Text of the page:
The University of Michigan Technical Services underwent a major re-organization in 2007, combining the Serials & Acquisitions Division with the Cataloging Division which led to a substantial reduction in time-to-shelf and reallocated resources for the increasing electronic assets and long neglected special projects. This presentation will detail the changes made in staffing configurations and responsibilities as well as adjustments in workflow. It also describes the U of M experience with vendor services such as use of vendor records for a modified EDI ordering process and utilizing shelf-ready processing. To speed materials to the shelf, new print acquisitions were mainstreamed and cataloging on receipt was implemented for materials with bibliographic copy. A procedure to flag records needing further work was developed and implemented with the collaboration of the library systems staff. These flagged records were then searched online monthly via an automated process using defined matching points to find and accept a fuller record for overlay. Only those materials for which a better record was not found, would be reviewed for further cataloging which might be required. In this re-organization, some staff members were reassigned to areas in Electronic Resources and Access, while experienced and rare book catalogers could focus on un-cataloged materials in Special Collections such as Transportation History and Rare books; as well as significant gifts including a 20,00 item collection of Sheet Music and The Walp Collection of Children’s Literature. The presentation will relate successes and lessons learned and illustrate the benefits to library patrons. 4) A Demand-Driven-Preferred Approval Plan
Ann Roll, California State University, Fullerton
Ann Roll (slides)
California State University, Fullerton’s Pollak Library is working toward the goal of providing as much content in electronic format as possible. To address this need along with a shrinking budget for monographs, the Library recently moved to not only an e-preferred approval plan, but actually a demand-driven-preferred approval plan. Pollak Library had a successful DDA plan in place for some time, in which slipped approval plan titles were automatically added to the Library catalog and made available for short-term-loan via DDA. With some slight workflow adjustments, approval plan titles that were sent automatically as books, rather than slips, are also being made available for short-term-loan via DDA rather than being purchased automatically.
This presentation will discuss the Library’s transition to a DDA-preferred approval plan and its effects on budget and collecting. Attendees can expect to learn the pros and cons of this approach. While librarian attendees can discuss how to implement a DDA-preferred approval plan in their own libraries, vendor and publisher attendees can discuss ways of streamlining this process. 5) Approval Plan Assessment: A Collection Management Initiative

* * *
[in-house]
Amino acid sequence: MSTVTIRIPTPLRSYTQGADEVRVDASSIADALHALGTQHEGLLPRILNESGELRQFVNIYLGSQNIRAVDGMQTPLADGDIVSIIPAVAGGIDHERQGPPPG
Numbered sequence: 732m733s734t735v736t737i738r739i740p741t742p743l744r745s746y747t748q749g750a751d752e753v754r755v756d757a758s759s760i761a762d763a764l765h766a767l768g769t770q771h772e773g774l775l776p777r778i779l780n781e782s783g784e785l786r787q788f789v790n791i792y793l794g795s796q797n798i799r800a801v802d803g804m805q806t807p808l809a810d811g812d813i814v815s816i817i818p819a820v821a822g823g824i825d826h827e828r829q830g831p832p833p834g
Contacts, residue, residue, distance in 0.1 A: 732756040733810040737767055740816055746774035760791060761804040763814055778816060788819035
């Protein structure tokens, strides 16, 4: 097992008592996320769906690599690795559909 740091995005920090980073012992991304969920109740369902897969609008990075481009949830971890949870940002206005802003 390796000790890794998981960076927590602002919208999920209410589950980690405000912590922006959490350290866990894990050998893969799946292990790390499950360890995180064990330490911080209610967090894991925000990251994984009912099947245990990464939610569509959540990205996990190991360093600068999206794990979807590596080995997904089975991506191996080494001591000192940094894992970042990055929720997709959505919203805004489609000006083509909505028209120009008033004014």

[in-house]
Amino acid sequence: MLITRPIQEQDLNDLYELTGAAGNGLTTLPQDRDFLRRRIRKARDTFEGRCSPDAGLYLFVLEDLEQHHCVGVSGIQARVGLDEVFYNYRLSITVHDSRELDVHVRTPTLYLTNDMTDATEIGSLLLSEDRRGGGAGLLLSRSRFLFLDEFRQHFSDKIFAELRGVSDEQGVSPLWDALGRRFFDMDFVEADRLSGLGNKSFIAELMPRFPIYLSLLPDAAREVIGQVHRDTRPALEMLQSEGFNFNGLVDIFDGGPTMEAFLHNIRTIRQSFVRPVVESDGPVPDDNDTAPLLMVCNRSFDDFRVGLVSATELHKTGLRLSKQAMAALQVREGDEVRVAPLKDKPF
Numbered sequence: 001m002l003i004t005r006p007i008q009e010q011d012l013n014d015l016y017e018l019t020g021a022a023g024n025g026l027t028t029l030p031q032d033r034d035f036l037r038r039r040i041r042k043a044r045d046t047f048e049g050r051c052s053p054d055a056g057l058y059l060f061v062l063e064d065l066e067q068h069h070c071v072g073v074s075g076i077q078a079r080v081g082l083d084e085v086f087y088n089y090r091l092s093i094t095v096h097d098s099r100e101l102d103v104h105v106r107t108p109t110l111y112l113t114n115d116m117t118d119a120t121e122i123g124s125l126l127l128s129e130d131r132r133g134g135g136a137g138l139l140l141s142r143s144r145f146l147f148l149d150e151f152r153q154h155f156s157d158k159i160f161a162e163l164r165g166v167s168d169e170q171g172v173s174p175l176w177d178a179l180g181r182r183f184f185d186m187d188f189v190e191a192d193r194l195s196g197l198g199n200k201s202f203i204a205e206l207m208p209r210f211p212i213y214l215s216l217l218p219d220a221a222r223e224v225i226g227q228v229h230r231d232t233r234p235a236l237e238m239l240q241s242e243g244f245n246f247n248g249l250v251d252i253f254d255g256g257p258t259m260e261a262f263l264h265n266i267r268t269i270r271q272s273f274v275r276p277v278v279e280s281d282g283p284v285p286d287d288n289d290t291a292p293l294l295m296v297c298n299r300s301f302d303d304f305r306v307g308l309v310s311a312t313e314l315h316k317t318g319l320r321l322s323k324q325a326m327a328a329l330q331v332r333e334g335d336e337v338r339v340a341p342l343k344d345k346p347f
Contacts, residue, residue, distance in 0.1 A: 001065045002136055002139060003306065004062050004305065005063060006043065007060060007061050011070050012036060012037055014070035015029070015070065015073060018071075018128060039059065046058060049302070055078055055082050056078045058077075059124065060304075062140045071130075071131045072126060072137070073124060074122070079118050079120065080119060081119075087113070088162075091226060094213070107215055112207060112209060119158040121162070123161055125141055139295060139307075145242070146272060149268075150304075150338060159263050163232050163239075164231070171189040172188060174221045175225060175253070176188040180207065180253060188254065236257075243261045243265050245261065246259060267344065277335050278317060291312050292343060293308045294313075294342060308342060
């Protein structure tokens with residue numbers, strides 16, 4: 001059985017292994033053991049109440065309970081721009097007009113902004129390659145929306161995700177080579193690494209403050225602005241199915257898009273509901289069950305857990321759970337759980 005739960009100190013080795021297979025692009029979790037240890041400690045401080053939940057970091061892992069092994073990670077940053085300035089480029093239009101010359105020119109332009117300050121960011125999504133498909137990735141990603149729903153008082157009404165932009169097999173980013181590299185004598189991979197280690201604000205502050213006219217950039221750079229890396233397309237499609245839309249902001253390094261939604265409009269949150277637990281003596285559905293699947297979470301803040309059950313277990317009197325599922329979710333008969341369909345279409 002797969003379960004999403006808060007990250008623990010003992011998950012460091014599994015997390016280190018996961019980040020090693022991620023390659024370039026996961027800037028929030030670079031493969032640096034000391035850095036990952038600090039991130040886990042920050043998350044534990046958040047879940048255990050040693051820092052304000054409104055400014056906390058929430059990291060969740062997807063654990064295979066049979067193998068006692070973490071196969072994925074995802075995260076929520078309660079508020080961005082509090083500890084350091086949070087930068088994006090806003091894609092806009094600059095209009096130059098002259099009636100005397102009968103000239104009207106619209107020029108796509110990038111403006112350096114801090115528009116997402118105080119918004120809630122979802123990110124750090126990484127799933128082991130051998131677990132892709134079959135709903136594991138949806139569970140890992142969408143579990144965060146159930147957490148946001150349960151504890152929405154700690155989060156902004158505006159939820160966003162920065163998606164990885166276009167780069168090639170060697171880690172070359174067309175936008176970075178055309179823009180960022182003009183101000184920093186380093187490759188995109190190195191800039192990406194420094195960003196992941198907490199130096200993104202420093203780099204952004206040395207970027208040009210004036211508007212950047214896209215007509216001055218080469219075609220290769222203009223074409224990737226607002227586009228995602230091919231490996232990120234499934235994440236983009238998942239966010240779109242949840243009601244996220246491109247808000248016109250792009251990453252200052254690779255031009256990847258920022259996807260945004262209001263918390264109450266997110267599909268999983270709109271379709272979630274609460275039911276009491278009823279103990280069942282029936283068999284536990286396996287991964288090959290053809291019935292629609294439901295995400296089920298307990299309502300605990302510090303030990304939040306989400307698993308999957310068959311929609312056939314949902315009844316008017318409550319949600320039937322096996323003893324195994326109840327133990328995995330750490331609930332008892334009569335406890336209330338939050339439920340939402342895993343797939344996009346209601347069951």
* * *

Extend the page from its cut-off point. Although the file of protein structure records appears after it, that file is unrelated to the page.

Chris Palazzolo, Emory University
Contemporary collection management often heralds the decline of print collections. However, at Woodruff Library (Emory University), we continue to build significant physical collections to meet the curricular and research needs of our students and faculty. We have recently begun to expand our approval plans to allow for the purchase and acquisition of e-titles. With this growth (and demand for space) has come the need for assessment of these collections. As one method of assessing the use of Woodruff Library’s monograph collection, we have decided to examine the number of loans for print and e-books (short-term loans and title requests in this case) across all subject areas during a three-year period to identify the subject areas of books (as well as publishers and series) that were loaned most or least frequently. Analyses were performed for both approval plan purchases (e and print) and firm orders from Yankee Book Peddler. By matching up circulation data with publisher and series information for each book title, we have been able to progressively narrow our analyses and ultimately reveal specific subject areas and publishers for which future purchasing decisions could potentially be modified. We plan to present the results of our analysis, discuss the strengths and weaknesses of this approach, and consider how variations in the patterns of use across different subject areas might impact collection development decisions. We hope that session participants will learn from our methodology and offer relevant commentary and suggestions for refinement and future research. The session should be interactive, and allow for ample participation.